In addition to my posts on this blog, for further reading some more articles that deserve attention on COP21 or climate change:

I’ll be adding things here as I come across them. For now I’ll leave you with Leo.

photo above by Jason Krüger at ekvidi

Rede SCP 2015

Es hat Spaß gemacht, aber warum machen wir das?

Ganz klar: Wir müssen niemandem sagen, dass die Lage ernst ist. Jeder weiß, dass die Lage Ernst ist.  Doch
ich glaube auch an eines: Das Vergangene bestimmt nicht unser Schicksal. Wir
haben die Zukunft in der Hand.

Ich glaube an die Kraft der positiven
Kommunikation. Wir haben heute wieder etwas auf die Straße gebracht, dass so
schön war, dass so viel Freude ausstrahlte, dass wir die Menschen die uns sehen
zum Zuhören und Mitmachen inspirieren.

Ihr habt heute bestimmt schon ein paar Klimatipps
bekommen, und ich will hier auch gar nicht anfangen zu predigen. Wir haben
heute viel über die Klimakonferenz in Paris im Dezember gehört. Klimakonferenzen
gibt es ja jedes Jahr, warum ist also 2015 besonders?


Die COP21 in Paris spielt deswegen eine Schlüsselrolle in der internationalen Klimapolitik weil es nach dem Scheitern von Kopenhagen in 2009 die wahrscheinlich letzte Chance ist, dass wir eine weltweite Einigung zu diesem globalen Problem erzielen können. Wenn Paris scheitert, dann beerdigen wir die Hoffnung die 1992 in Rio beim Earth Summit geweckt wurde – und zwar dass wir als Menschheit Umweltprobleme global lösen können. Ich will nicht, dass 23 Jahre an Verhandlungen umsonst waren!

Bei allem Ernst der Lage will ich getreu
unserem Motto versuchen das Positive zu sehen. Einige von Euch wissen
vielleicht, dass ich eigentlich mehr von Machern und Sozialunternehmern halte,
als von der Politik. Aber dieses Jahr hängt so viel Hoffnung an diesem Prozess
und ich sehe eine große Chance. Es ist eine Chance für die Politik. Es ist die Chance, zu zeigen, dass die
Politik noch relevant ist und ihrem Auftrag als Volksvertreter heutzutage noch
gerecht wird.

Denn momentan ist die Politik doch kaum noch
relevant. Selbst in der hochpräsenten Flüchtlingskrise kommt von der Politik
lediglich Reaktion, keine pro-aktiven Lösungen zu den Ursachen der Probleme. Dieses
warme Gefühl das ich zum ersten Mal in Verbindung mit unserem Land empfinde,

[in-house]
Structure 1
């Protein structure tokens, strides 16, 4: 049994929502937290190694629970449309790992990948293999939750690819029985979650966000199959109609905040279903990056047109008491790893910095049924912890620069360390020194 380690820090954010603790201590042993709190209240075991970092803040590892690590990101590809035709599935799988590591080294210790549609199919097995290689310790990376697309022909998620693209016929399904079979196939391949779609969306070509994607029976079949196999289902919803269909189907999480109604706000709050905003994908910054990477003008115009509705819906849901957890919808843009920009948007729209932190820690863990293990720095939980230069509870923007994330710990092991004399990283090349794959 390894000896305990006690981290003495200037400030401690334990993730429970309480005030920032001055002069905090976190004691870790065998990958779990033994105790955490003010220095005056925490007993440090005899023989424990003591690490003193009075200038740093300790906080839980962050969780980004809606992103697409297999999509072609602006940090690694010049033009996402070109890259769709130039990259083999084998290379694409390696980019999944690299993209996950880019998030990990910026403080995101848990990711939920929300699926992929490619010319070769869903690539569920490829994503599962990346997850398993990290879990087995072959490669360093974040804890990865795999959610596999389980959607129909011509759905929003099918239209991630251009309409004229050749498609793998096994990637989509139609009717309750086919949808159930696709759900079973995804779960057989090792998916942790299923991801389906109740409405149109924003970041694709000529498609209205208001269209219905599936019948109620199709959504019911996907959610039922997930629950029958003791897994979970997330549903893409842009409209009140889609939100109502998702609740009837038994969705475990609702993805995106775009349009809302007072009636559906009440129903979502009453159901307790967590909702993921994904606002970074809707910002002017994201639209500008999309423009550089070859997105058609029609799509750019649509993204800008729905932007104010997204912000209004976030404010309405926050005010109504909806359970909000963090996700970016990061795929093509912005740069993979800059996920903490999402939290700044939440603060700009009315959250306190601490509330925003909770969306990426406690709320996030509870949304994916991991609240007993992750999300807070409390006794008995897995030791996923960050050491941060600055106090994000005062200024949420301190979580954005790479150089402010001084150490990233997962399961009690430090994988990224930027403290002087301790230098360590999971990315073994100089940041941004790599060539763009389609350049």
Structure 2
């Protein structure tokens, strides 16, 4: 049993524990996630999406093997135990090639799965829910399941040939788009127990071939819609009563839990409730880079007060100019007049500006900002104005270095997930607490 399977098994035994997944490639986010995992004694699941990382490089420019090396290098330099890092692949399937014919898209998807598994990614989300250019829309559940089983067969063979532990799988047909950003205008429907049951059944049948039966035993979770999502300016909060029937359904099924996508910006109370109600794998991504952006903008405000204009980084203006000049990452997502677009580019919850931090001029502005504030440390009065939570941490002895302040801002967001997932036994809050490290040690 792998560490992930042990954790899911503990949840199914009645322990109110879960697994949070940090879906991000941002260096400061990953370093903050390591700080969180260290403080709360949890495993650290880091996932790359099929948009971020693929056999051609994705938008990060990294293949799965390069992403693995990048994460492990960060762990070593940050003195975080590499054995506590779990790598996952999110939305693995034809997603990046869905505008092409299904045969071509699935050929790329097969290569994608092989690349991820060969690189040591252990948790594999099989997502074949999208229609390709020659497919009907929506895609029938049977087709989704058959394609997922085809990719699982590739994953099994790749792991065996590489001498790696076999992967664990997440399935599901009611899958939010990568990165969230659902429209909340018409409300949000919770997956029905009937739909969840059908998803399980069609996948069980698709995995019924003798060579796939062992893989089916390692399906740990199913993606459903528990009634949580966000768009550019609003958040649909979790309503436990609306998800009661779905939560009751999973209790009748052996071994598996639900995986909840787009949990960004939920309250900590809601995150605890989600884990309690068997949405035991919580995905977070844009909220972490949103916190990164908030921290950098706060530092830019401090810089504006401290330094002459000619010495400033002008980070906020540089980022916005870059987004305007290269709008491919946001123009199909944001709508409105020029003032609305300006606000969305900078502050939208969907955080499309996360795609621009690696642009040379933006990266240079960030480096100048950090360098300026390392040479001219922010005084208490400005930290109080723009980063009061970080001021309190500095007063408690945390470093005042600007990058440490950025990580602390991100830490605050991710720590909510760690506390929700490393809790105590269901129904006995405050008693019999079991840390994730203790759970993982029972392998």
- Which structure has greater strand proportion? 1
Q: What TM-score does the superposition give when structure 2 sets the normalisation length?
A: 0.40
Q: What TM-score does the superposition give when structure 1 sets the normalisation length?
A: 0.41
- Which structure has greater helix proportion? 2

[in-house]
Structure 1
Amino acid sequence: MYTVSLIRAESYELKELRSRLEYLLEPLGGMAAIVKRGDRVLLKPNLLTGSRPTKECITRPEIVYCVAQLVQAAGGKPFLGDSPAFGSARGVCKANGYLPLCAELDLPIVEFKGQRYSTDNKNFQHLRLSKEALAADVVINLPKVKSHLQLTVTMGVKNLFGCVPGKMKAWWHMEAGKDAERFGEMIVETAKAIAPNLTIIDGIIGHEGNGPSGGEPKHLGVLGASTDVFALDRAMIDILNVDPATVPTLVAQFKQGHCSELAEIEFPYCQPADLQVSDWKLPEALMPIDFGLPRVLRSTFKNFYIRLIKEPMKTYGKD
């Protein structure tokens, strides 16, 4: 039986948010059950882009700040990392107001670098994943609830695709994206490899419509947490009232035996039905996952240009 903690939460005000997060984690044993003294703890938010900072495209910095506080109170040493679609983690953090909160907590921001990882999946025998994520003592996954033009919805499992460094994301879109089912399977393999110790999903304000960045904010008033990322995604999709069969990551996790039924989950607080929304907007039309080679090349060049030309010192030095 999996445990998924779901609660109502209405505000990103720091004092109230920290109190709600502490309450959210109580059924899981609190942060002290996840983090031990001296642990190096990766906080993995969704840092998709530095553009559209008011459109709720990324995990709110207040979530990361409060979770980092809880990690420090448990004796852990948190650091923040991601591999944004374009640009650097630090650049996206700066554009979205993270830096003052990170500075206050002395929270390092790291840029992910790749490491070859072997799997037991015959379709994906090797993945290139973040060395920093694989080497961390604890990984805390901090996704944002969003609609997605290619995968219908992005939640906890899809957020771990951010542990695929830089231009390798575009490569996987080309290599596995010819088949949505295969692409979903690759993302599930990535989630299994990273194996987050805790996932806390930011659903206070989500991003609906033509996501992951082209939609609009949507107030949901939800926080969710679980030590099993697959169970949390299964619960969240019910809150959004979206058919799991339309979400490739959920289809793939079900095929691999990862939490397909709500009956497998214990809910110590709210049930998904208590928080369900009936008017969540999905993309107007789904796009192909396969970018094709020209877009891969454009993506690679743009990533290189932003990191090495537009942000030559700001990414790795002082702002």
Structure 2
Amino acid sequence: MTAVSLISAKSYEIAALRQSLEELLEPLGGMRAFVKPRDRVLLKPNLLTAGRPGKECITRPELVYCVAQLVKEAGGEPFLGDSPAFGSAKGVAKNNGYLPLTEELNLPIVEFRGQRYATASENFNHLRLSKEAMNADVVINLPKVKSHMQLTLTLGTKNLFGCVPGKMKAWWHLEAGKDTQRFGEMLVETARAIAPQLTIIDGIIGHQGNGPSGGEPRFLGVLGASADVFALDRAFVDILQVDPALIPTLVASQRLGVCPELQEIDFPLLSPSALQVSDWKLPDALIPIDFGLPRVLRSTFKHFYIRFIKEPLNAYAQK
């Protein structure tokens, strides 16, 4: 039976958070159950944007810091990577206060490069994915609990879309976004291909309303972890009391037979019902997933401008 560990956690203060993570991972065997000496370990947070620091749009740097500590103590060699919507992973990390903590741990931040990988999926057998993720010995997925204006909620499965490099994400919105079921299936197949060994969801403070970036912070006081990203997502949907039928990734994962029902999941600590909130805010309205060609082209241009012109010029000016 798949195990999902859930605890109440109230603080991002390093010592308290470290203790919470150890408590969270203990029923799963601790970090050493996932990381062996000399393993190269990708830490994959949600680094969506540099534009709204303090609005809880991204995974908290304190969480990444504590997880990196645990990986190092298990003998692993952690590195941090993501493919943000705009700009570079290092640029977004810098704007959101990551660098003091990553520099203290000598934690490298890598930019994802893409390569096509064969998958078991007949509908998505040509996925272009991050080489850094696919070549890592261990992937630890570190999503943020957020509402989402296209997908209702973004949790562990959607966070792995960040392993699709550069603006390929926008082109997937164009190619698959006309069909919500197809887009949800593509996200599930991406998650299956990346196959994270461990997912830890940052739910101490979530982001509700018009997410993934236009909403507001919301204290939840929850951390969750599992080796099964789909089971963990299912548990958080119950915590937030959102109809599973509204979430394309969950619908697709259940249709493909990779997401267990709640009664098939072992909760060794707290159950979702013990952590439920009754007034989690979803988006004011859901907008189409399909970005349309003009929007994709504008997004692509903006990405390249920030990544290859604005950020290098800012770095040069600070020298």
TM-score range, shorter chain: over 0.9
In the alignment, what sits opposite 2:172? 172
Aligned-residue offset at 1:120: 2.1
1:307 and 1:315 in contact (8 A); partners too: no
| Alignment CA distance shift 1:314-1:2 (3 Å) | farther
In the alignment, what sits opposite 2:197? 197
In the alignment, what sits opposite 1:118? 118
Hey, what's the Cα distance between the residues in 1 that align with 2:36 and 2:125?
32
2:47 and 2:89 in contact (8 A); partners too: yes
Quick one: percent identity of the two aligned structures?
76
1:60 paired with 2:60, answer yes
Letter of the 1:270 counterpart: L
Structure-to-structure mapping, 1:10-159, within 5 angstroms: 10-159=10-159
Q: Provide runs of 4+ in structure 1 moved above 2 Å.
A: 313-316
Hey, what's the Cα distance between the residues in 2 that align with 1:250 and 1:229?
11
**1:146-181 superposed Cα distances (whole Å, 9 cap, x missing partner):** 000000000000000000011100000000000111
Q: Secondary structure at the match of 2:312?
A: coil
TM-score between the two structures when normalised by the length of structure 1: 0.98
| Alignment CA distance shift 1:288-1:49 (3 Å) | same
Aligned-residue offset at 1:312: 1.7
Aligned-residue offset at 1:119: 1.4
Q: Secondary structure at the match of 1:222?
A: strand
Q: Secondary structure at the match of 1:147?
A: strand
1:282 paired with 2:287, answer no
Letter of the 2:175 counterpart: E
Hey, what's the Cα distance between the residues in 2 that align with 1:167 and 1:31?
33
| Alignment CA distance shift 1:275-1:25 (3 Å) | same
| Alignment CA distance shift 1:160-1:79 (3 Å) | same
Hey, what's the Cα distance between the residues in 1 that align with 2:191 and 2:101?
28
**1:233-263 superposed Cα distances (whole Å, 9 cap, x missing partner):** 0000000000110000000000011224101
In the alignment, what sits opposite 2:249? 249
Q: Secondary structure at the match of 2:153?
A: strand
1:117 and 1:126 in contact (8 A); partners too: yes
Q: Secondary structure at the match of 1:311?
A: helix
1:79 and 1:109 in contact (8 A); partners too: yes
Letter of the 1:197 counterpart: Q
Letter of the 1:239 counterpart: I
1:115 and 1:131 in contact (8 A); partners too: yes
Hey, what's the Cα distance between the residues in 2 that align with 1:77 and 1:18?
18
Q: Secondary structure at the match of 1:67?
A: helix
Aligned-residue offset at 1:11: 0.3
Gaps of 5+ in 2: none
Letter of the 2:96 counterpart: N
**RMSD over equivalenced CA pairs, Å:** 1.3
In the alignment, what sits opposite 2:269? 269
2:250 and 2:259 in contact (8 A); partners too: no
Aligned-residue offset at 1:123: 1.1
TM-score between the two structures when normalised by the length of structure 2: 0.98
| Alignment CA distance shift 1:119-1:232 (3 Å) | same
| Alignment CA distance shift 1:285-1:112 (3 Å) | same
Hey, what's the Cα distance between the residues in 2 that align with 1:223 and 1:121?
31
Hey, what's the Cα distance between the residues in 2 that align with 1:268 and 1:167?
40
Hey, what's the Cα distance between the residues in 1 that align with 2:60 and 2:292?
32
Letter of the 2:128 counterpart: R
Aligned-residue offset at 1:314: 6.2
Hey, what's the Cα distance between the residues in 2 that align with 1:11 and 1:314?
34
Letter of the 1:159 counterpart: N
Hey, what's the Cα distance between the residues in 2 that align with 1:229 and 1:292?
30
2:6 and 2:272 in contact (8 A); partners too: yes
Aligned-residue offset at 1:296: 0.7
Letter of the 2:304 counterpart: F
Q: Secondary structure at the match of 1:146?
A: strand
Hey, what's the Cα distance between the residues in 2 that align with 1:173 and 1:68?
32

kommt nicht von der Politik sondern von den vielen Menschen die ganz
hemdsärmelig mitanpacken, Willkommenskultur zu zeigen. Auch ihnen möchte ich danken.

Ebenso ist es beim Klimaschutz und der
Zukunftsfähigkeit unserer Gesellschaft. Denn der Klimaschutz ist ganz elementar
mit den wirtschaftlichen Aktivitäten unseres Landes verbunden. Doch was ich
sehe, ist dass Unternehmen die Macht haben. Unsere Politik wird mehr von Lobbyisten
gelenkt, als von den gewählten Volksvertretern. Ich wünsche mir, dass die
Politik zeigt, dass sie mehr sind, als das Mittelmanagement der Wirtschaft. Für
den Klimaschutz brauchen wir ein starkes, rechtgültiges und ambitioniertes Abkommen
als Ergebnis der Verhandlungen in Paris. Und dies ist die Chance, liebe

Der Klimawandel ist eine Bedrohung, die
oft schwierig zu fassen ist, weil sie sich – ein wenig wie unsere Parade – oft schleichend
vollzieht. So eine Bedrohung abzuwenden wäre ein historisches Ereignis und in
meinen Augen ein Zeichen dafür, dass wir uns als Menschheit tatsächlich
weiterentwickeln können und kein Problem zu groß für uns ist. Das wäre doch mal
ein politisches Vermächtnis, oder nicht?

Dafür stehe ich heute hier und gebe
meine Meinung kund. Denn auch wenn ich in meinem Privatleben jeden Tag
versuche, nachhaltiger als gestern zu leben, so weiss ich, dass es nicht genug
ist, wenn ich das nur im stillen Kämmerlein mache. Liebe Parade, wenn auch Ihr glaubt,
dass eine nachhaltige Zukunft wichtig ist, und dass die COP21 in Paris eine
Chance für Politiker sein kann, ein historisch bedeutendes Vermächtnis zu
hinterlassen, dann habe ich eine Bitte an Euch: Sprecht darüber.


Sprecht darüber wie wichtig es ist, dass
es in Paris eine Einigung für den Klimaschutz gibt. Sprecht über diese
historische Chance, das Richtige zu tun. Sprecht darüber mit Freunden,
Verwandten, und den Leuten, denen Ihr begegnet. Benutzt Social Media,
unterschreibt Onlinepetitionen, unterstützt andere die darüber sprechen, oder
wenn Ihr ganz mutig seid, schreibt und ruft direkt bei Euren Vertretern an. Lasst
und gemeinsam dafür sorgen, dass uns bewusst wird, dass Paris nicht nur eine
weitere Klimaverhandlung ist, sondern die beste Chance auf eine Nachhaltige
Zukunft die wir haben.

Wenn Ihr dazu mehr Informationen
braucht, und Ihr Euch nicht durch das ganze Internet wühlen wollt oder könnt,
dann findet Ihr in den nächsten Tagen weitere Informationen dazu auf meinem
Blog. Vor allem, sprecht darüber, was Ihr
heute erlebt habt und wozu es Euch inspiriert hat. Dafür danke ich Euch.

Und nur damit das ganz klar ist, dass
heisst nicht, dass wir nicht weiterhin auch den Mund aufmachen gegen die ‚Ich
bin ja kein Nazi aber’ Idioten.

Enden möchte ich mit einem Gedanken aus
Naomi Kleins neuem Film ‚This Changes Everything’: Was, wenn der Klimawandel
nicht nur eine Krise ist? Was, es die beste Chance ist, die wir jemals bekommen
werden, um eine bessere Welt zu bauen?